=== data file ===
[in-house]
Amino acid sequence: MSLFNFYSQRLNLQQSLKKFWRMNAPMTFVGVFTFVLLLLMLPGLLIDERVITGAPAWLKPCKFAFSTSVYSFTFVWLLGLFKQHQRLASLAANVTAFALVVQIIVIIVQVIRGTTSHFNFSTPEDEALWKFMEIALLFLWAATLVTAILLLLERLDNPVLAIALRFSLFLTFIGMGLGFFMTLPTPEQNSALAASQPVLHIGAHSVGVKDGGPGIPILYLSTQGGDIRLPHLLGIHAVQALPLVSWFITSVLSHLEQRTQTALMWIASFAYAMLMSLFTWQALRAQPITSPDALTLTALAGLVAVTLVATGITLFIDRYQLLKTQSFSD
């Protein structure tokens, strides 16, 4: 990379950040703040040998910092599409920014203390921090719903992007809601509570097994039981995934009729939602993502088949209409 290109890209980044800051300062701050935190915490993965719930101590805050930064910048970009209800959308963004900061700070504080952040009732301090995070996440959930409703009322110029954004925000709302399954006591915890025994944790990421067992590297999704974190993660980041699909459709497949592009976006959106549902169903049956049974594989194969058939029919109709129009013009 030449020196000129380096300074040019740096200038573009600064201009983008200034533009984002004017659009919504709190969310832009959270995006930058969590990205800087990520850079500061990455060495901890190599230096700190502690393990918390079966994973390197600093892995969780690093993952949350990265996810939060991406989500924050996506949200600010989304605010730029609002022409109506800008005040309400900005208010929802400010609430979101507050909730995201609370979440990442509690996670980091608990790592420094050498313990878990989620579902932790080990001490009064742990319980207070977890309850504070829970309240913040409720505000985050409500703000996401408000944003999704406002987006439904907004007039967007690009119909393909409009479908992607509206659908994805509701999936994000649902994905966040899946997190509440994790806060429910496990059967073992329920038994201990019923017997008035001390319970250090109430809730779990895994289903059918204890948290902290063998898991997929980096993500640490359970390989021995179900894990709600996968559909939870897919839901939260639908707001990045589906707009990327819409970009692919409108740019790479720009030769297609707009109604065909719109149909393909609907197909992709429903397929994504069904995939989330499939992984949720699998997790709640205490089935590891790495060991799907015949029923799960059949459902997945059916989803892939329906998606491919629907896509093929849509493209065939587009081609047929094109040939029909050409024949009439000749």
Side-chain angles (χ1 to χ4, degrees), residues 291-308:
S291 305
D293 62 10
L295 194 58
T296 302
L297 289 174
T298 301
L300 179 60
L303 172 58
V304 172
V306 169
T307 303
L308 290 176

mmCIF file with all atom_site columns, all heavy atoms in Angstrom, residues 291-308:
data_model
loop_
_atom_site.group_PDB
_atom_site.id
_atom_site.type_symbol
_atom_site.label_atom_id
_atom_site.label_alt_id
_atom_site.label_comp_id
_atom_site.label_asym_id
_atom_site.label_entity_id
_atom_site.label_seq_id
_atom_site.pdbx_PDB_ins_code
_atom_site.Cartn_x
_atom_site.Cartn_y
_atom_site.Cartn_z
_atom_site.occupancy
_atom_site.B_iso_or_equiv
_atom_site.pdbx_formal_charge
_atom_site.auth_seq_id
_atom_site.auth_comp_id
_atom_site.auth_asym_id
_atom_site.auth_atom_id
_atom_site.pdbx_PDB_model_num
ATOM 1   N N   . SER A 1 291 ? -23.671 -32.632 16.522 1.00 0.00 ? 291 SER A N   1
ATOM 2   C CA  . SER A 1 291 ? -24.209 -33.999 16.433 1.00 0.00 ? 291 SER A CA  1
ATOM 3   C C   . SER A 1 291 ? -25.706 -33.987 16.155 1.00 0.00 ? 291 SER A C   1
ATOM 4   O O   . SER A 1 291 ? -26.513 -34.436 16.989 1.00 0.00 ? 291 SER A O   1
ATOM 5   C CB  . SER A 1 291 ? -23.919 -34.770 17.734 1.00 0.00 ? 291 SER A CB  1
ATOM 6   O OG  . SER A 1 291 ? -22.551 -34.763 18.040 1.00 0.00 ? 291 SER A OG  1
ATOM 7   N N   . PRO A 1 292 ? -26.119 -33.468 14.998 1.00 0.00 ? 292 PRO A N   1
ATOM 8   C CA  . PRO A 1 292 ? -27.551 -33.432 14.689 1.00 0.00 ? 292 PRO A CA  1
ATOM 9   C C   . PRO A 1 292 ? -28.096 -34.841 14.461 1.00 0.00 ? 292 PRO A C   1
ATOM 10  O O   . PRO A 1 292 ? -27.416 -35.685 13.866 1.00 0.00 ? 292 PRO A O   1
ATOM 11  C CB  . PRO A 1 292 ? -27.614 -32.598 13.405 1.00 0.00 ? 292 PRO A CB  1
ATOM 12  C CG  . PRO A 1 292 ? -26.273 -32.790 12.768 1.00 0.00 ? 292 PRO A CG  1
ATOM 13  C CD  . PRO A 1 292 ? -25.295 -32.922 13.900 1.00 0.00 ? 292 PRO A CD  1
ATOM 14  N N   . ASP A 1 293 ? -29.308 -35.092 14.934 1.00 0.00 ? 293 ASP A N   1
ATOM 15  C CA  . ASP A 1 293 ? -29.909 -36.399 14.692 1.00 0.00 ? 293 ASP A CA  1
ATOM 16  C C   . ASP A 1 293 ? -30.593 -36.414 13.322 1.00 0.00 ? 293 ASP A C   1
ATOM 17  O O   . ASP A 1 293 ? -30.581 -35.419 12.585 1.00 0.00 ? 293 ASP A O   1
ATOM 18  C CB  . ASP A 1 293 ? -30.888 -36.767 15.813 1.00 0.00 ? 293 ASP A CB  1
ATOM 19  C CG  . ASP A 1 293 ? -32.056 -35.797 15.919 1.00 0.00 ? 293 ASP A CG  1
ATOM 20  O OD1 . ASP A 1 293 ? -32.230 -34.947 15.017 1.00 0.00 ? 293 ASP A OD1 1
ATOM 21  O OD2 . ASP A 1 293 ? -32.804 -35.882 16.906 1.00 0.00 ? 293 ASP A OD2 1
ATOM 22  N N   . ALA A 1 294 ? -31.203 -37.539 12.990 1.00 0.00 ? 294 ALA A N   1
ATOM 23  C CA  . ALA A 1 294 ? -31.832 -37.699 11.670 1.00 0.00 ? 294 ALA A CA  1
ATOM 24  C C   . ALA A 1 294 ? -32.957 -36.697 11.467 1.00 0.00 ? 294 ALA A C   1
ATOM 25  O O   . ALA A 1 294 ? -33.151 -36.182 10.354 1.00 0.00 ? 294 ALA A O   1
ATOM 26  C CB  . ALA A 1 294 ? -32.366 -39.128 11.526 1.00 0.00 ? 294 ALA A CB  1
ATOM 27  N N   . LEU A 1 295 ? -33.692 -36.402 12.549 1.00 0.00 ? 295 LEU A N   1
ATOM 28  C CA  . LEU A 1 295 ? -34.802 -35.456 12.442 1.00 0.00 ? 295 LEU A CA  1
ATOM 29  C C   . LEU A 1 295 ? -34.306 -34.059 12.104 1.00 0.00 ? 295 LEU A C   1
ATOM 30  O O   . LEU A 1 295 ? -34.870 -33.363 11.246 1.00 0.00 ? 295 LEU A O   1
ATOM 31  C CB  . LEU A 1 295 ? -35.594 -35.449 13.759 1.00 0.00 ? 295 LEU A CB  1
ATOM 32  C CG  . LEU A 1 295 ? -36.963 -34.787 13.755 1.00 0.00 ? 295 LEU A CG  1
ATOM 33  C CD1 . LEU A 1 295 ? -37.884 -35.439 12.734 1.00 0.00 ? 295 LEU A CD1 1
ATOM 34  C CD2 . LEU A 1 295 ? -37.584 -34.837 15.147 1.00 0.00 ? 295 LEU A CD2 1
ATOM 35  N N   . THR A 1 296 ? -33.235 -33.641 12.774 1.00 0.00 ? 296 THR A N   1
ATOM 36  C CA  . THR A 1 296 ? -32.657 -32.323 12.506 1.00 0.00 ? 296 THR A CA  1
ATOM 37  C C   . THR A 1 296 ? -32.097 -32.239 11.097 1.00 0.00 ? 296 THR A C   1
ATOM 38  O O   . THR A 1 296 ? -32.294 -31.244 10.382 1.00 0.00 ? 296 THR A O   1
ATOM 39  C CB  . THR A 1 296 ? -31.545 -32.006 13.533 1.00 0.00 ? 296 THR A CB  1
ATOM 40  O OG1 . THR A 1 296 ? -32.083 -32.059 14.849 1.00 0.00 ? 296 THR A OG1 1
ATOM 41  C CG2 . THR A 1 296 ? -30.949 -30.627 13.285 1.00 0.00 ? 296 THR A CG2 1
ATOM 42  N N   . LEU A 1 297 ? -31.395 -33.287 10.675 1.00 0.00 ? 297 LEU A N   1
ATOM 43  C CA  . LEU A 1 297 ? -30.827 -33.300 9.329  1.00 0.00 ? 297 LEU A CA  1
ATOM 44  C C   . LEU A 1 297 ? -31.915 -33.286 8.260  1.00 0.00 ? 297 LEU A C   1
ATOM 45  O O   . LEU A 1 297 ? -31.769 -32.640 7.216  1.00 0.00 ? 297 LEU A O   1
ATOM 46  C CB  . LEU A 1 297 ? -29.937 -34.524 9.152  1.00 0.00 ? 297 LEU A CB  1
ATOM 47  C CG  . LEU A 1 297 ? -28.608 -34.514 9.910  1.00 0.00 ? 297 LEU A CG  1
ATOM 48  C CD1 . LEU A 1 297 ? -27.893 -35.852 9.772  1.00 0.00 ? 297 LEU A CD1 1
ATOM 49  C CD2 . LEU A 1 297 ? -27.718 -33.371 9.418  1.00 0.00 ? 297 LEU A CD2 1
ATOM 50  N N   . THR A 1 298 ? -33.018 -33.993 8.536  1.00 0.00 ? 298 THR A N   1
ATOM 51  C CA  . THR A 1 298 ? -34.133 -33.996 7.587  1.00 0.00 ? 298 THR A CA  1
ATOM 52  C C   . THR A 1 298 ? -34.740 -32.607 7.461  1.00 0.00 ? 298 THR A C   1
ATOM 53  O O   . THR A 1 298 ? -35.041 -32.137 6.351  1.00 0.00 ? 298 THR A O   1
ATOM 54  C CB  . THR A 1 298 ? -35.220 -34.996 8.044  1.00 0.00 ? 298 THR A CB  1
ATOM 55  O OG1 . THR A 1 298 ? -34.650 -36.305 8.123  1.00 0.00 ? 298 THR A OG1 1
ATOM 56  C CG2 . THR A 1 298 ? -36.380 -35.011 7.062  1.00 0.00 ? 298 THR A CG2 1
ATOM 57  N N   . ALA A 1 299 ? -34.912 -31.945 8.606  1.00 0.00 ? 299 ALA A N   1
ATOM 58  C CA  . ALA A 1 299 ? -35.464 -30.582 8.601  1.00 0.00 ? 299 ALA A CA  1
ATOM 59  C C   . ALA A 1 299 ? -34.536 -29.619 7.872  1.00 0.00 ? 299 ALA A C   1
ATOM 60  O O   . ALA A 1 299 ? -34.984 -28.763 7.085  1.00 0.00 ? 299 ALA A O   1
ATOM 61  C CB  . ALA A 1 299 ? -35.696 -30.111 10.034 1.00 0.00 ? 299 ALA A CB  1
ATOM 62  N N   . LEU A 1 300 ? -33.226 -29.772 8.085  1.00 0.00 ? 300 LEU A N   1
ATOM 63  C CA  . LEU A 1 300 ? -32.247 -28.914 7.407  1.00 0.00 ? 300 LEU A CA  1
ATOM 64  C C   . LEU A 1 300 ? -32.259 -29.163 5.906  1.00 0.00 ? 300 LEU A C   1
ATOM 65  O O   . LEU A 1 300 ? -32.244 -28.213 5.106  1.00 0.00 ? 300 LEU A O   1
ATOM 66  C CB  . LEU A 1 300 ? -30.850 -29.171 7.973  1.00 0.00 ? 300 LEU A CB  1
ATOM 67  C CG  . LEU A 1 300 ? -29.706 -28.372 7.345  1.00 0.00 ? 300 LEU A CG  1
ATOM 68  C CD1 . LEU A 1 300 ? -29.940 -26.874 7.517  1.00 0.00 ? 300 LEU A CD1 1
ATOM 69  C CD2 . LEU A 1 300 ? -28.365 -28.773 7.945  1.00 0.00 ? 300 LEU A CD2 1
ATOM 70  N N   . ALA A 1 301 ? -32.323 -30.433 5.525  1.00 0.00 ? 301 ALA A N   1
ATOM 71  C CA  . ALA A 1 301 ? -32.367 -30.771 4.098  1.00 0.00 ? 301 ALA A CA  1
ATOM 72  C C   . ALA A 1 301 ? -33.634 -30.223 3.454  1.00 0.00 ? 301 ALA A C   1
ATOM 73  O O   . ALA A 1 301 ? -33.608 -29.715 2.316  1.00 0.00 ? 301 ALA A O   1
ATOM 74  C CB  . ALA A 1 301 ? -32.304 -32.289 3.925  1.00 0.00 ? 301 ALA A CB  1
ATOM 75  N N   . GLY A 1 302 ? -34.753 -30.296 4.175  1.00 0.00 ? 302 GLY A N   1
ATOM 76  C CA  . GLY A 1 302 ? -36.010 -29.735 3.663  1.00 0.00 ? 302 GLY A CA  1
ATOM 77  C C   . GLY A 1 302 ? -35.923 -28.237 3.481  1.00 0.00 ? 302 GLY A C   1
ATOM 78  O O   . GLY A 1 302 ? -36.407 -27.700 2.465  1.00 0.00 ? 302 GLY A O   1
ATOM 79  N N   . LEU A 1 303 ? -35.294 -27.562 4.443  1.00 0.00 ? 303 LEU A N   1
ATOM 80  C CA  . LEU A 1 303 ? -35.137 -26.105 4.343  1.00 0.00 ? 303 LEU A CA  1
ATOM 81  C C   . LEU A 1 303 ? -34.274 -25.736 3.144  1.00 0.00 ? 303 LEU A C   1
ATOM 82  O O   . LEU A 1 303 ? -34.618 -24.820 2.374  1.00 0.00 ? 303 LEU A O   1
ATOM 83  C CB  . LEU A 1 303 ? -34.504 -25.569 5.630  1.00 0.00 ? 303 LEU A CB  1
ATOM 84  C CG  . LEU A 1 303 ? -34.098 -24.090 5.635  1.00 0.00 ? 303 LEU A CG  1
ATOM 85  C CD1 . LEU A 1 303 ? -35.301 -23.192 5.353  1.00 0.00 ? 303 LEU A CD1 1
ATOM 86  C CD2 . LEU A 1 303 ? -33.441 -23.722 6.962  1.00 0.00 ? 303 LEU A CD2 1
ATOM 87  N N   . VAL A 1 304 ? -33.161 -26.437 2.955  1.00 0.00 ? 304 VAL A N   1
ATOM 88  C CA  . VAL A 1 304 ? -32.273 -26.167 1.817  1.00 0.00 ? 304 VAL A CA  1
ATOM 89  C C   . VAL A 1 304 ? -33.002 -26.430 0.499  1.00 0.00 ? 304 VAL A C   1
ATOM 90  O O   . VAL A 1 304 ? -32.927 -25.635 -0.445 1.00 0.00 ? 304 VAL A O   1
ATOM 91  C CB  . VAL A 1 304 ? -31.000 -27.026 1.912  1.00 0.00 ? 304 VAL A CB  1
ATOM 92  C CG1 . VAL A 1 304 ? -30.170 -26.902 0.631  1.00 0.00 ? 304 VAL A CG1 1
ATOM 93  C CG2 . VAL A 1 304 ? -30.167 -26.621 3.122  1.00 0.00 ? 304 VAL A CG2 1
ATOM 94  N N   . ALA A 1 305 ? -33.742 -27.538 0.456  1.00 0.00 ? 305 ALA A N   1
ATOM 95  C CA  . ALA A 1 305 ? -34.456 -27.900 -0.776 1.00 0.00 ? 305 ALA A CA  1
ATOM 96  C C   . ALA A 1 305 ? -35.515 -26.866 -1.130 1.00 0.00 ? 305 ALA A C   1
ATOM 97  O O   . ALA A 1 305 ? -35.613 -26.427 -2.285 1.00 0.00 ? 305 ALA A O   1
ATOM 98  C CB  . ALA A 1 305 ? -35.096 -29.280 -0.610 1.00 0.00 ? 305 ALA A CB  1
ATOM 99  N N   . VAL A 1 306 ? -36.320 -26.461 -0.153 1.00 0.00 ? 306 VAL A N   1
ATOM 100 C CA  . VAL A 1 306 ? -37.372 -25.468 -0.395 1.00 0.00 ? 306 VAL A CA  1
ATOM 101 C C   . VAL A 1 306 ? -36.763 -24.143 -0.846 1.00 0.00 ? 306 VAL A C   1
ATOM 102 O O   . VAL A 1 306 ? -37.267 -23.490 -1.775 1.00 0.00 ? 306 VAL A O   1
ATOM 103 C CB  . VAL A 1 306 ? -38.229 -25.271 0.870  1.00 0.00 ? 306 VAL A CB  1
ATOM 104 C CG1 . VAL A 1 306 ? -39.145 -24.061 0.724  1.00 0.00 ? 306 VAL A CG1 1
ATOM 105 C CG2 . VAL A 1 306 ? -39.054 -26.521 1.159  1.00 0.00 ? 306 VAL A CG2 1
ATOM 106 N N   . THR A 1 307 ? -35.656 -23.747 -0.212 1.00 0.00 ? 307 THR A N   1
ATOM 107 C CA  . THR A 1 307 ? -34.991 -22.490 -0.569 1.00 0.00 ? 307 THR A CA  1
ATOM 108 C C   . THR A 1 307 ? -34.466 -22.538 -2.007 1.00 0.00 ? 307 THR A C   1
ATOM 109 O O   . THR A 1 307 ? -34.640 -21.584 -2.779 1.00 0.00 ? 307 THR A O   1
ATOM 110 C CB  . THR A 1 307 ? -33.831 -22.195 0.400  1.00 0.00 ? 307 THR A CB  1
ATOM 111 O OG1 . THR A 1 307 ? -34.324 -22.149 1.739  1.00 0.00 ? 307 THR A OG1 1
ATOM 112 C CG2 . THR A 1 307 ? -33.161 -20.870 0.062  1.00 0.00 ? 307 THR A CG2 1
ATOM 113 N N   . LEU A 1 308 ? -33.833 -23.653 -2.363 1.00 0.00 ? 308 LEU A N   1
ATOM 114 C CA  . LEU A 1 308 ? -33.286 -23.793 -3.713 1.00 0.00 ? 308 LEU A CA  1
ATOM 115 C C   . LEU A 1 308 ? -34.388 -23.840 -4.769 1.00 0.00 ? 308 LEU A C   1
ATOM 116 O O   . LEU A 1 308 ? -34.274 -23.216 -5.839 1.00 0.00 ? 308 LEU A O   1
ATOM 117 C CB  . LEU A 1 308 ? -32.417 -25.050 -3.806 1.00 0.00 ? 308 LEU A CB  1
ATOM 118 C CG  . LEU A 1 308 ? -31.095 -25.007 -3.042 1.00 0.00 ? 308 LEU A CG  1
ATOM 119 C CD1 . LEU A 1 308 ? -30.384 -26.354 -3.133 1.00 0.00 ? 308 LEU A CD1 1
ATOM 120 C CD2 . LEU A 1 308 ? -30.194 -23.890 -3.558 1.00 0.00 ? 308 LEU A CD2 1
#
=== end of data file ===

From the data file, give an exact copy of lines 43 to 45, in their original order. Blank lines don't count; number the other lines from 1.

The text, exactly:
ATOM 3   C C   . SER A 1 291 ? -25.706 -33.987 16.155 1.00 0.00 ? 291 SER A C   1
ATOM 4   O O   . SER A 1 291 ? -26.513 -34.436 16.989 1.00 0.00 ? 291 SER A O   1
ATOM 5   C CB  . SER A 1 291 ? -23.919 -34.770 17.734 1.00 0.00 ? 291 SER A CB  1